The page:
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need an advise for domain setup

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PostPosted: Fri Dec 10, 2010 9:10 pm    Post subject: need an advise for domain setup Reply with quote

I have setup a domain envoirment and create vpn setup. most of our office users are worked remotley and now connect with office network using vpn and use domain resoures like file and print sharings etc.
my ques is
is that possible the remote users join domain and use domain resources like normal users in lan, they dont need to enter domain/account passowrd every time when they use domain resources like servers etc.
if i connect a remote system on domain then how overcome there login issues when they are on remote locations.
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PostPosted: Thu Dec 23, 2010 1:55 pm    Post subject: Reply with quote

Yes, a better way to do it is to have them login to the domain right on login. If you're new to VPN and need a quick fix, look into sonicwall VPN-2000 server box. If you want something more secure look into fortinet, they have some really nice devices that can do exactly what you're wanting.

We use openVPN here but it's a bit complicated to setup. If you have the time I would suggest you go this route as it really helps explain the process. There is no reason that a user cannot login to the domain on login and use the DNS resources on your network.
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PostPosted: Sat Jan 22, 2011 2:45 am    Post subject: Reply with quote

Windows will first try to authenticate to a resource using the *current* logged in user credentials, unless other credentials are specified in "Windows Vault." This goes for SMB/CIFS file shares, printing, and even Internet Explorer if presented with an NTLM challenge on a website.

This behavior is part of the Windows Single Sign-On (SSO) paradigm.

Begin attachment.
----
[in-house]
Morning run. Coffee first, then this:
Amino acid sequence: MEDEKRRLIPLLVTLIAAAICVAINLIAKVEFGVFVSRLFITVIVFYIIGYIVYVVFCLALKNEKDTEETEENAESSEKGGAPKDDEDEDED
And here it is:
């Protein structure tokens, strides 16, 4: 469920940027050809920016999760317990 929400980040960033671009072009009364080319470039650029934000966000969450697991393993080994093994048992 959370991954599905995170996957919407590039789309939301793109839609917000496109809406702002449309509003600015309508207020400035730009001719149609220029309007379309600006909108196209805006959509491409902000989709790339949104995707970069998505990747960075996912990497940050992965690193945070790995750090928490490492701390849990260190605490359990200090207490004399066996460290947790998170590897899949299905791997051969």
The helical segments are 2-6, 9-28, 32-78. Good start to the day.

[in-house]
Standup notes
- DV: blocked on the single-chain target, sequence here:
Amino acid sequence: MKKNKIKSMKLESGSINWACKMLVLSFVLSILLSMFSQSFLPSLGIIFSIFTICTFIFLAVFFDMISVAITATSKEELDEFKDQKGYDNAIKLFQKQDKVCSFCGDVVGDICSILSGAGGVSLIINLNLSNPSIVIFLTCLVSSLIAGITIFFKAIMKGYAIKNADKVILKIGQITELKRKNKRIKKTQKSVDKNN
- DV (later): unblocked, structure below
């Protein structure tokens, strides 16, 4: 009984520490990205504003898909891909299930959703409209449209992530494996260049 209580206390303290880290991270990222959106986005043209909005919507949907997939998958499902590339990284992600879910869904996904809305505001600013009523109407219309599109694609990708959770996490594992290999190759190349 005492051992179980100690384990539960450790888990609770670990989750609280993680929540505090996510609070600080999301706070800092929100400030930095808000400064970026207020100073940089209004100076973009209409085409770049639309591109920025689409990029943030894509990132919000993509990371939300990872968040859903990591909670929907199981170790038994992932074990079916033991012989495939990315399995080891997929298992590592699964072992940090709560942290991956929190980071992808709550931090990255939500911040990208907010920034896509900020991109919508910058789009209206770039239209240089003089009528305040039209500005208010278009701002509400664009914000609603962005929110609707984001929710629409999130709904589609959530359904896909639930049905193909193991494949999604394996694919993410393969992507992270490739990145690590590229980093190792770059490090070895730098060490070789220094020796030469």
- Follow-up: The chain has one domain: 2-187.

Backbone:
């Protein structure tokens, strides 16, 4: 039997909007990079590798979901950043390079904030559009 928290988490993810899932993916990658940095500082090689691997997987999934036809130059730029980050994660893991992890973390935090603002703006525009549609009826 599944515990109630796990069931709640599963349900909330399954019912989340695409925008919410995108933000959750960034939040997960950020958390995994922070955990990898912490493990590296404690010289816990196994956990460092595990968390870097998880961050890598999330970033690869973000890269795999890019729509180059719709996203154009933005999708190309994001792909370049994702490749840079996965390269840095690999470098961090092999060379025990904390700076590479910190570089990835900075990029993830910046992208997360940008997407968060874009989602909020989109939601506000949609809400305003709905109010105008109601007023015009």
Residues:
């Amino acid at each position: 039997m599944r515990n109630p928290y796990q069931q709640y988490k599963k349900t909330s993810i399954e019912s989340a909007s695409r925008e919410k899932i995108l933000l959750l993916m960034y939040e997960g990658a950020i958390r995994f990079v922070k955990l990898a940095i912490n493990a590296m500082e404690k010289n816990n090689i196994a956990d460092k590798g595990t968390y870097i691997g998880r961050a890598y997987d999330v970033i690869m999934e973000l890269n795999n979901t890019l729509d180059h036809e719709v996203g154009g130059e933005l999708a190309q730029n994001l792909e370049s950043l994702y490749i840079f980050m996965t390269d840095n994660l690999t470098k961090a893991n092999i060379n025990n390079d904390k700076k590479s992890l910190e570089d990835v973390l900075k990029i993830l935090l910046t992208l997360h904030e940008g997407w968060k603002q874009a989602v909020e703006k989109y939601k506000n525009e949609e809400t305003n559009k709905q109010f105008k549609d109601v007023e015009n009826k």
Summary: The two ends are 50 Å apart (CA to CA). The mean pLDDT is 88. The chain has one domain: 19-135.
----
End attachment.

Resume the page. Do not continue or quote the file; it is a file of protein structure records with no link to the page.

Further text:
An Active Directory Domain is many things, one of which is central yet distributed database of credentials, both user and machine.

If the remote workstation is a member of the domain and the user signs in the computer with domain credentials then whenever that user attempts to access resources the domain credentials will be attempted first.

If both user and resource (shares, printers, etc.) are members of the same domain, they can authenticate each other (Kerberos, NTLM), and then check whether access is permitted or denied based on permissions that have been assigned to the resource.

To make a remote access paradigm smooth:

  • All workstations (including laptops) and servers should be members of the same Active Directory domain. There are exceptions but you want "smooth and easy."
  • Secure, Reliable VPN Solution - PPTP is easy but the least secure. SSTP is a great replacement but new (requires 2008 R2 and 7). There are many vendor implementations of L2TP and IPSec; all with varying degrees of interop. DirectAccess from Microsoft is very interesting but requires a solid *internal* IPv6 infrastructure. SSL/TLS based VPN's (SSTP from MS, AnyConnect from Cisco, OpenVPN, etc.) are becoming the norm but are not compatible with eachother. If you have the option of starting fresh look to a SSL/TLS based solution. This will save you the headache of dealing with GRE and ESP protocol issues when your users are at coffee shops and hotels.
  • Name Resolution is often the trickiest part of remote access paradigms. Ensuring the remote users can resolve AD DS domain name resources and Internet domain resources is a common problem and can be mitigated in a variety of ways.

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